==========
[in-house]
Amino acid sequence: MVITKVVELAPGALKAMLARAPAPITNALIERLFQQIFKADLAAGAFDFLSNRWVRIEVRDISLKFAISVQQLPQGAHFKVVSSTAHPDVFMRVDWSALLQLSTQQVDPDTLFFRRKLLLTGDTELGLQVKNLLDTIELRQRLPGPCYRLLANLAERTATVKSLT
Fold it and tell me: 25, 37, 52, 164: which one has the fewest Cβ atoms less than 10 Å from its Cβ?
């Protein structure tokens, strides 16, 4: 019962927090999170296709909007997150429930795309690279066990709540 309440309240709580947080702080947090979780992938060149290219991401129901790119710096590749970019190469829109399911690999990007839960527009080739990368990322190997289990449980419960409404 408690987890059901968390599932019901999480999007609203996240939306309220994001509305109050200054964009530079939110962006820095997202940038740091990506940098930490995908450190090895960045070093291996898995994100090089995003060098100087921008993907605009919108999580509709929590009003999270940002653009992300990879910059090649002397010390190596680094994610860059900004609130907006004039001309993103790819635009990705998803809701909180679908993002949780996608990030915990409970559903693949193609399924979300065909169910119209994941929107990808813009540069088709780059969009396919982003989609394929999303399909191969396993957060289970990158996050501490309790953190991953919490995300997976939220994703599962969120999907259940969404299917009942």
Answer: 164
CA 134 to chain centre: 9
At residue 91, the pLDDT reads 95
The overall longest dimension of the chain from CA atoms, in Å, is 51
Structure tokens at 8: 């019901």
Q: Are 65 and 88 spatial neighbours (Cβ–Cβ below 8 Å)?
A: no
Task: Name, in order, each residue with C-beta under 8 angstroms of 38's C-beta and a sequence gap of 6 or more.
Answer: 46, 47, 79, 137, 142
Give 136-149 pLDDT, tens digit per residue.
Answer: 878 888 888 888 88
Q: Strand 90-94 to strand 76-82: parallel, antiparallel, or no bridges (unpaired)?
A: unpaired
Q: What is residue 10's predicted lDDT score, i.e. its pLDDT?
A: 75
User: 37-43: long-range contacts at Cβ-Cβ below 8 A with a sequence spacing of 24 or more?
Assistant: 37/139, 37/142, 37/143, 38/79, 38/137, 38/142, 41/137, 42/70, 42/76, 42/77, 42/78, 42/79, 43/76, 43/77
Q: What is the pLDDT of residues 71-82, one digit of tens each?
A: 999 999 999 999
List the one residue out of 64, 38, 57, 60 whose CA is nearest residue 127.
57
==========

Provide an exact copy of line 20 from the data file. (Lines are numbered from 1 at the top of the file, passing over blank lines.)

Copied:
User: 37-43: long-range contacts at Cβ-Cβ below 8 A with a sequence spacing of 24 or more?